I Pity NigeriaWritten by DD Phil
Fear grips my heart when I see a crowd of people trekking home from a corner of a street. They are all moving towards my direction. I think they look very much like people migrating into our country. Maybe I should call them refugees. But, were they really what I took them to be? For I know my country is not a place where people would willingly come to reside.
Out of large crowd, I see a lady with a baby on her back smiling at me. As she comes closer, I discover she is a neighbor. I smile back at her, but with curiosity within me.
"Neighbor, where are these people coming from?" I ask. "From St. Matthew," she replies, as I look into her eyeballs with surprise. "What's happening in St. Matthew today?" I ask again. "Nothing, we just attended first mass," she answers. "You mean this is just a mass for a Sunday service?" "Yes," she says, nodding her head, still smiling.
I decide to keep a lookout for second mass. The crowd was large too. The third mass had largest crowd of all. It could be said to double first and second mass.
Mind you. These were only ones I saw that very day. I did not mention other churches in that same vicinity and other places. I live in a place where you'll find not less than five churches in a street with loud speakers mounted everywhere. And this so much affect our hearing. So we shout at top of our voices, making signs with fingers for easier communication.
My country is in a great mess. Imagine a place where milk and honey flow. Nigeria is blessed with oil and agriculture. A land blessed by God, for every Nigerian to enjoy. But, only some sets of individuals are rich. Why? When Military were in power, I thought things were bad. But as civilians came on, things became worse.
Actually, we all wanted democracy. We clamored for it. But as it is now, I no longer understand meaning of word democracy. It sounds like it means "demonstration of craziness," because we've not experienced its benefits and it never favored us. Maybe we should go back to autocratic system.
I wish our past heroes who once ruled our nation, such as Alhaji Sir Abubakar Tafawa Balewa, The Right Honorable Dr. Nnamdi Azikiwe, Major General Johnson Aguiyi Ironsi, including other regional leaders like M.I. Okpara, Awolowo and Sarduana of Sokoto will come back to life. They will see that their labor for Nigeria was in vain.
Our new presidents no longer do anything right for this nation to develop. We no more serve our fatherland with love and strength; neither do we serve in faith. Even patriotic rhythm of our National Anthem has lost its value.
We do not "serve with hearts and might." Neither do we experience "peace and unity." Rather we experience tribal and religious wars. In Northern part of Nigeria, we constantly hear of Christians and Muslims killing themselves. Hatred for other religious groups has been our practice. Why?
The Potential Conundrum of Regulating Pay-TVWritten by Terry Mitchell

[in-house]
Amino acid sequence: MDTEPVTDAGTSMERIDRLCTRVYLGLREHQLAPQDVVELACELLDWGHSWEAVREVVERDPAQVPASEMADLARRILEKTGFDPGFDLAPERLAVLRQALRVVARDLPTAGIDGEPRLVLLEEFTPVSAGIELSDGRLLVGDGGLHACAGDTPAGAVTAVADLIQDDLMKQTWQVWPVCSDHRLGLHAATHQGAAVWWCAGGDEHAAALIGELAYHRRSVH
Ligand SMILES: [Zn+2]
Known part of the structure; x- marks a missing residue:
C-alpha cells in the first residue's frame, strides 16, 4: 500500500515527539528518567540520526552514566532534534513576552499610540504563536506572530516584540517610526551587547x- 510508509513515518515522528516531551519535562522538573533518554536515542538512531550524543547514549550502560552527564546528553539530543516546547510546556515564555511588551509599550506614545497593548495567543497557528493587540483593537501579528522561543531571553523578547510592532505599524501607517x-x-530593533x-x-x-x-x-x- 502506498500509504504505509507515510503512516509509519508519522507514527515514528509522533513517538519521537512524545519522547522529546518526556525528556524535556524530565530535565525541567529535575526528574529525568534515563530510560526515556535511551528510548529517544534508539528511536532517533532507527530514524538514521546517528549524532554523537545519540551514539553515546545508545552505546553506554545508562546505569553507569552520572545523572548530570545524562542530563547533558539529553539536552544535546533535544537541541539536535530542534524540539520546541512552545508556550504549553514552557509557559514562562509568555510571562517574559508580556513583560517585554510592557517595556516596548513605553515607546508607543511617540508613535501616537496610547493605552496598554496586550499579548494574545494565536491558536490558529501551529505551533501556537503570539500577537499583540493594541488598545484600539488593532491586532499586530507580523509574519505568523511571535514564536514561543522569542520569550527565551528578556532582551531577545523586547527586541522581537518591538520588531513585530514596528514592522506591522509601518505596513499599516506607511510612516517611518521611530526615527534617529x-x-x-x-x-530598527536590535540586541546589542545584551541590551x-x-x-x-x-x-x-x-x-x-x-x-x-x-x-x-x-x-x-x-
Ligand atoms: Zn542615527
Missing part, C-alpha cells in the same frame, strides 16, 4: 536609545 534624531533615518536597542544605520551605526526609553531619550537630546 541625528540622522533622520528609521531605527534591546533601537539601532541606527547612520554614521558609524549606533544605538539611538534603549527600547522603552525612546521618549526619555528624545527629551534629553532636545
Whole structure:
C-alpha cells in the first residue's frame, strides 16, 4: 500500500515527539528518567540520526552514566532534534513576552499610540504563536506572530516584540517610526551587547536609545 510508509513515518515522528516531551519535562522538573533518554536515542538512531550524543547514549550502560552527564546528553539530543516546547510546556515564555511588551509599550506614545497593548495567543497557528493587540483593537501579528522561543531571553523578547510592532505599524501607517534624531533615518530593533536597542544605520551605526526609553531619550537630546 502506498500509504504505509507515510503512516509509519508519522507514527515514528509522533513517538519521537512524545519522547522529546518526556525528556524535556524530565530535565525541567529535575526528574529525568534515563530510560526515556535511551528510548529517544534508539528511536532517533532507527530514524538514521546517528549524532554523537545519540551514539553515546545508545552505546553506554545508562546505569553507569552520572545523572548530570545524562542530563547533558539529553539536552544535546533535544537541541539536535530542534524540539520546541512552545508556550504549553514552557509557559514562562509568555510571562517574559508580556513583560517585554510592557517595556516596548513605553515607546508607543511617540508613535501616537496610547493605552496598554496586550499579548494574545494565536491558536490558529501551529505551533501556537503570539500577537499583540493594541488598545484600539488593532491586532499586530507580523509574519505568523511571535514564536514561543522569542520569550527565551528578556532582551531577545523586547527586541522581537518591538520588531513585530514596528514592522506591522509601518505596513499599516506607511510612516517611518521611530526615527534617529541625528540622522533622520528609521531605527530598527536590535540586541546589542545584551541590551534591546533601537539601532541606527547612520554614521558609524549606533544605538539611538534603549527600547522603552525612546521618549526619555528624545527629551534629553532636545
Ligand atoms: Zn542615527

In last week's column, I argued merits (or rather lack thereof) of extending decency regulations to cable and satellite TV. This week, I'll point out just how much of a quagmire this would actually be and how difficult it would be to implement, regardless of merits. Regulating cable and satellite TV would not be as clear-cut as it might seem on surface. Remember, we are talking about regulation of indecency which, unlike obscenity, is protected by First Amendment. The complexities of such an undertaking are quite formidable, to say least. There are several key issues that would have to be dealt with and overcome. Like they say, devil is in details. For one thing, Congress would need to determine scope of what is to be regulated. Would it be cable and satellite TV only or all forms of pay-TV? If Congress sets out to regulate all forms of pay-TV, term - "pay-TV" - would have to be legally defined. Besides satellite and cable, would it also include new IPTV technology in which TV channels, programs, and movies are delivered to TV set-top boxes from internet? Would internet video viewed on a computer also be included? Or would everything originating from internet be automatically exempt? Would wireless pay TV services also be included? Would videos, whether rented or purchased, also be defined as a form of pay-TV? One could make a case for them being included because videos, both VHS and DVD, are ultimately played on a TV. What about video delivered by cell phone? Couldn't that also be considered a form of pay-TV? Now, if Congress decides that new regulations will only apply to cable and satellite TV, there are still problems. Would all channels on every cable and satellite TV system be regulated or would regulations just apply to so-called "basic" channels. Would term, "all channels", include pay-per-view and video-on-demand (VOD) programs and movies? If so, how would safe-harbor hours be enforced with VOD, since subscriber determines when programs and movies play? If only basics are to be included, some definition would be have to be devised to determine difference between a basic and a premium channel. Would any channel that could be purchased as part of a package of channels be defined as a basic channel? If so, then most channels we currently think of as premiums would be included because they can be packaged together with similar channels. For example, HBO is sometimes packaged with channels like Cinemax, Showtime, Starz, or even other multiplexes of HBO. Or would basics be limited those channels available in first tier or two? Since this packaging varies from one cable and satellite system to next, how would anyone know which channels are real basics? Would premiums be limited to channels that could be subscribed to individually at an additional price? If that's case, would a multiplex channel like HBO Signature will treated like a basic, since it cannot be subscribed to individually? Also, channels that one can subscribe to individually vary slightly from one cable and satellite system to next, so how would anyone know which channels are real premiums? When things like that differ from one cable and satellite system to another, would rules be based on how majority of systems operate? Or would some other method be used to resolve this matter?